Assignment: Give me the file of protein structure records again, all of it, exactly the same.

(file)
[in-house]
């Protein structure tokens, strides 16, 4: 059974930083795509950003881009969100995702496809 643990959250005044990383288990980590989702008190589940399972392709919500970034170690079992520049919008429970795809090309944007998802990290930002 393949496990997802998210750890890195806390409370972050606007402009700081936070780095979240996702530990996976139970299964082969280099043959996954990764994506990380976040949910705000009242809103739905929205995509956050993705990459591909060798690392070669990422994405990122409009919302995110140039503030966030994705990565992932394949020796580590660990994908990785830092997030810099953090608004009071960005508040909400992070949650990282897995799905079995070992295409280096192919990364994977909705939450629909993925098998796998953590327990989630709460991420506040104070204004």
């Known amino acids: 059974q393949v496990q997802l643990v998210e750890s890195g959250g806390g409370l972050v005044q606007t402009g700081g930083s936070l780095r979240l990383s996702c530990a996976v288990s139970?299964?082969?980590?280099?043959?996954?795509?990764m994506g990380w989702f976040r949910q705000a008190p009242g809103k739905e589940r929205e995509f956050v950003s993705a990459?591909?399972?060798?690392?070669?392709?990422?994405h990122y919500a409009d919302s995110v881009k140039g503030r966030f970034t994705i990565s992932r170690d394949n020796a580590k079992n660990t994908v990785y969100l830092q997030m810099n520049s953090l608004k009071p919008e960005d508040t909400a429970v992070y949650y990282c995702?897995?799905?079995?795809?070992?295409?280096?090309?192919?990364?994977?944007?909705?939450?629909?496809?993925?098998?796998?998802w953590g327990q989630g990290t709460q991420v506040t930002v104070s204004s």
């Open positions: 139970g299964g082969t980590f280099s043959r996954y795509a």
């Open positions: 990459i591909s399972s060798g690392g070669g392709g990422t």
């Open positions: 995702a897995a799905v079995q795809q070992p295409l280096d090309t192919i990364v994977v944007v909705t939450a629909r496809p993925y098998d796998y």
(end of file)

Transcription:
[in-house]
């Protein structure tokens, strides 16, 4: 059974930083795509950003881009969100995702496809 643990959250005044990383288990980590989702008190589940399972392709919500970034170690079992520049919008429970795809090309944007998802990290930002 393949496990997802998210750890890195806390409370972050606007402009700081936070780095979240996702530990996976139970299964082969280099043959996954990764994506990380976040949910705000009242809103739905929205995509956050993705990459591909060798690392070669990422994405990122409009919302995110140039503030966030994705990565992932394949020796580590660990994908990785830092997030810099953090608004009071960005508040909400992070949650990282897995799905079995070992295409280096192919990364994977909705939450629909993925098998796998953590327990989630709460991420506040104070204004």
């Known amino acids: 059974q393949v496990q997802l643990v998210e750890s890195g959250g806390g409370l972050v005044q606007t402009g700081g930083s936070l780095r979240l990383s996702c530990a996976v288990s139970?299964?082969?980590?280099?043959?996954?795509?990764m994506g990380w989702f976040r949910q705000a008190p009242g809103k739905e589940r929205e995509f956050v950003s993705a990459?591909?399972?060798?690392?070669?392709?990422?994405h990122y919500a409009d919302s995110v881009k140039g503030r966030f970034t994705i990565s992932r170690d394949n020796a580590k079992n660990t994908v990785y969100l830092q997030m810099n520049s953090l608004k009071p919008e960005d508040t909400a429970v992070y949650y990282c995702?897995?799905?079995?795809?070992?295409?280096?090309?192919?990364?994977?944007?909705?939450?629909?496809?993925?098998?796998?998802w953590g327990q989630g990290t709460q991420v506040t930002v104070s204004s």
């Open positions: 139970g299964g082969t980590f280099s043959r996954y795509a």
């Open positions: 990459i591909s399972s060798g690392g070669g392709g990422t």
């Open positions: 995702a897995a799905v079995q795809q070992p295409l280096d090309t192919i990364v994977v944007v909705t939450a629909r496809p993925y098998d796998y």